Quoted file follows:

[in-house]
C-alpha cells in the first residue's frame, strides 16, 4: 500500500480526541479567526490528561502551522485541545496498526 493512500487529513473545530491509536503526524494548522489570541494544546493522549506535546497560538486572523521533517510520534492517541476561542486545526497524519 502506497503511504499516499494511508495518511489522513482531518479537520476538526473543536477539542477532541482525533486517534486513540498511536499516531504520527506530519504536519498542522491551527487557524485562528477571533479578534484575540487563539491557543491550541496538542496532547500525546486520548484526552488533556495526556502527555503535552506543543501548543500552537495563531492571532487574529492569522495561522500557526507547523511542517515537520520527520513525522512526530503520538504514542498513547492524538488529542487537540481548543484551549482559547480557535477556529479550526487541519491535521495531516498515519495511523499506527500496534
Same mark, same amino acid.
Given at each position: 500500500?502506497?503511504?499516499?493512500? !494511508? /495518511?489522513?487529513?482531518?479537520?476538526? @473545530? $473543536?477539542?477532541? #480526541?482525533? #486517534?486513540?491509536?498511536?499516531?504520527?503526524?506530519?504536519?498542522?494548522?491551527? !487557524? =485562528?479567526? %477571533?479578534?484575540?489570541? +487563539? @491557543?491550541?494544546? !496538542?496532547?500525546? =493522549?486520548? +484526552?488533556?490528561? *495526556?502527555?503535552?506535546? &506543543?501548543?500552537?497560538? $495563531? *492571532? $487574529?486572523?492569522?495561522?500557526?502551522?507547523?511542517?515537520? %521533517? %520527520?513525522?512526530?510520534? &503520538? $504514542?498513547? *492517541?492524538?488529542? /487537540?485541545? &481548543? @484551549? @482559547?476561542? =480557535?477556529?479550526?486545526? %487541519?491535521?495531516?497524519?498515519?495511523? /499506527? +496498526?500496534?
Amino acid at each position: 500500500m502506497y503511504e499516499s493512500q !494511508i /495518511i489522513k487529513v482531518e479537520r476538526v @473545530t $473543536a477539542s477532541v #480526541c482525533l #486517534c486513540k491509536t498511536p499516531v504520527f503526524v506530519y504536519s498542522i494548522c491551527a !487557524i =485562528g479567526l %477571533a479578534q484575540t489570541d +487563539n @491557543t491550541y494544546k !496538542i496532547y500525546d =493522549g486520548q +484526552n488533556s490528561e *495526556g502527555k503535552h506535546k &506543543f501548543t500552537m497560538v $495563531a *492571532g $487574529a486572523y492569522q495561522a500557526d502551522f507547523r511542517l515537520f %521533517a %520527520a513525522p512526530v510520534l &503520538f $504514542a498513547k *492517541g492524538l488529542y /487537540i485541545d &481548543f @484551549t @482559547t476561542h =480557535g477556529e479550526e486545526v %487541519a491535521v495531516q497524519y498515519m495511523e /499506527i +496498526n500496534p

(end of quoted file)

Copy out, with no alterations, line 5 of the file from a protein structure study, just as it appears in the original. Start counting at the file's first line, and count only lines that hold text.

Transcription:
Amino acid at each position: 500500500m502506497y503511504e499516499s493512500q !494511508i /495518511i489522513k487529513v482531518e479537520r476538526v @473545530t $473543536a477539542s477532541v #480526541c482525533l #486517534c486513540k491509536t498511536p499516531v504520527f503526524v506530519y504536519s498542522i494548522c491551527a !487557524i =485562528g479567526l %477571533a479578534q484575540t489570541d +487563539n @491557543t491550541y494544546k !496538542i496532547y500525546d =493522549g486520548q +484526552n488533556s490528561e *495526556g502527555k503535552h506535546k &506543543f501548543t500552537m497560538v $495563531a *492571532g $487574529a486572523y492569522q495561522a500557526d502551522f507547523r511542517l515537520f %521533517a %520527520a513525522p512526530v510520534l &503520538f $504514542a498513547k *492517541g492524538l488529542y /487537540i485541545d &481548543f @484551549t @482559547t476561542h =480557535g477556529e479550526e486545526v %487541519a491535521v495531516q497524519y498515519m495511523e /499506527i +496498526n500496534p